“It’s a very character driven moment, but in a genre film, I don’t think people will miss it. The scene was in the very last draft of the script and the edit of the movie until the very last moment, but I decided to go ahead and cut it out. In the test screening version it caused some confusion so I knew it was best to just edit it out altogether for the sake of the overall story,” DiBlasi added.
With all that being said, I wanted to find out from DiBlasi how faithful he was to Barker’s source material. The director spoke about some of the changes he made to flesh out the short story more for the film version.
“What I’ve altered the most is the lead character, Stephen Grace (played by Jackson Rathbone),” explained DiBlasi. “I changed his dread from what it was in the book and gave his to a secondary character. I just didn’t want the end of the short story to be the end of the movie. It wasn’t the story I wanted to tell.”
“In my opinion the film version of Dread is very faithful to what Clive wrote. If you read the short story before you go see the movie, you will see that I’ve kept much of the core story in the movie but created characters, too, that weren’t originally included to create a richer story for the big screen,” DiBlasi added.
Generally speaking, if you are into horror films, you have an idea of what scares or frightens you. What I asked DiBlasi to talk about was where dread comes from and how it differs from the idea of fear.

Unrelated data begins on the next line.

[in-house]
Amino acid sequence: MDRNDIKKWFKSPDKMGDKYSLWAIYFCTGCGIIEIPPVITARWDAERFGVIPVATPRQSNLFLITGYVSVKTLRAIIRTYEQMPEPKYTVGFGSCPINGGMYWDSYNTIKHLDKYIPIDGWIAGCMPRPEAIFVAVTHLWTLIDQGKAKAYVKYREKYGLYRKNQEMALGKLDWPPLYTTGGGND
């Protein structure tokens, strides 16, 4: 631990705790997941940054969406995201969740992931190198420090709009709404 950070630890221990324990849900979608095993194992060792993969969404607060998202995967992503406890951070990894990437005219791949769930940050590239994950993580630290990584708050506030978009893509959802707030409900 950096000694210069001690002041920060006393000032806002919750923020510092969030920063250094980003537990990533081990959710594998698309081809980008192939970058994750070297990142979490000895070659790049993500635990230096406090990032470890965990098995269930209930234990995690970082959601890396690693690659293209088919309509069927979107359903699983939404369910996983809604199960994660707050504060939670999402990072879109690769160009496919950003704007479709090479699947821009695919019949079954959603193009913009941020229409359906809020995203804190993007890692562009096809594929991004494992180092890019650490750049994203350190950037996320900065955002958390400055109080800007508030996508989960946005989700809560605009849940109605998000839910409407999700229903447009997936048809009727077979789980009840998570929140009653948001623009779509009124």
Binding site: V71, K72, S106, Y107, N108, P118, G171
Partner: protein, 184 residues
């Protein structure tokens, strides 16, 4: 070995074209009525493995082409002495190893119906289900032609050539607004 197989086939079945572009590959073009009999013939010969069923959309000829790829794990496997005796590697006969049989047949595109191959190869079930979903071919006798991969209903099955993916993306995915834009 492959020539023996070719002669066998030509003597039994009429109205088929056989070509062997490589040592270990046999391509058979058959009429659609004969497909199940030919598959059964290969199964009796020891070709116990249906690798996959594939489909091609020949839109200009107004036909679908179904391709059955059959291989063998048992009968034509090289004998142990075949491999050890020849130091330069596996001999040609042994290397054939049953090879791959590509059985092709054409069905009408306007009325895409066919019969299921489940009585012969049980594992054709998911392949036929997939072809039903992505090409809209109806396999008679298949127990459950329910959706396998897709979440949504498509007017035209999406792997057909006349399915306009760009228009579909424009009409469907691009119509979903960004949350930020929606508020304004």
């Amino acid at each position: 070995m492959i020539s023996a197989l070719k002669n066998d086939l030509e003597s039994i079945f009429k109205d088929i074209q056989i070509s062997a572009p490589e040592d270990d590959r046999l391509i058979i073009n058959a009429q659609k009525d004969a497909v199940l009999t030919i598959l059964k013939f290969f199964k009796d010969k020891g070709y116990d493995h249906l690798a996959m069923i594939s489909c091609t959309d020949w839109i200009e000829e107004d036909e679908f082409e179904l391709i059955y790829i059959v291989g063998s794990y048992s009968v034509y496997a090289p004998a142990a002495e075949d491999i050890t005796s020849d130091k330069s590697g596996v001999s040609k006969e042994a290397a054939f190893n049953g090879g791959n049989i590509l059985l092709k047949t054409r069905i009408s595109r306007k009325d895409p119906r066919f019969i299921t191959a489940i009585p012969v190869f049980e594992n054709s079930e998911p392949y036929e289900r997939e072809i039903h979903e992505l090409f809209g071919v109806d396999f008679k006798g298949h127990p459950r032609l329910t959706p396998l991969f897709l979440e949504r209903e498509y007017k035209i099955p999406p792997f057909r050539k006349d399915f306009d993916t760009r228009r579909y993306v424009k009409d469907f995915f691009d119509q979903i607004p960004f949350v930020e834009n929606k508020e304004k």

DiBlasi said, “The longer you wait to face your fear, that’s the definition of dread. For example, in the movie there is a girl who is afraid of meat so she ends up locked in a room for days with just a piece of meat in front of her. What was what was so smart on Clive’s part is that with the definition of dread, it’s not just about her eating the piece of meat. It’s when she’s locked away for five or six days with just that piece of meat, and when it comes time to actually eat the meat because she has to stay alive, it’s rotted and covered with maggots.”
“So now the physical aspect of her dread has now manifested and she realizes her life is in danger. No one is holding a gun to her head or threatening to chop her into pieces to eat that meat, but she knows her very life depends on it,” DiBlasi added.
With any adaptation of literature, especially someone whose storytelling is as vivid as Barker’s, fans are generally nervous when it comes time for the story to take the leap from the pages of a book to the big screen. DiBlasi was quick to ease the fans’ fears for his adaptation of Dread.
“I knew when I tackled the adaptation that Clive has a very rabid fan base so I knew that people will either love or hate what I’ve done,” explained DiBlasi. “There are only two people I go out trying to please when I am doing a project – and that’s me and that’s Clive. If Clive’s happy at the end of the day, then I feel like I’ve done my job.”
“I always knew what kind of movie I wanted to make with Dread and that’s exactly the movie I made. The most important thing Clive has ever taught me was to do whatever the hell I want, and I am very happy with the way everything turned out,” DiBlasi added.
Dread is in theatres right now. This is one flick you should make it your business to see.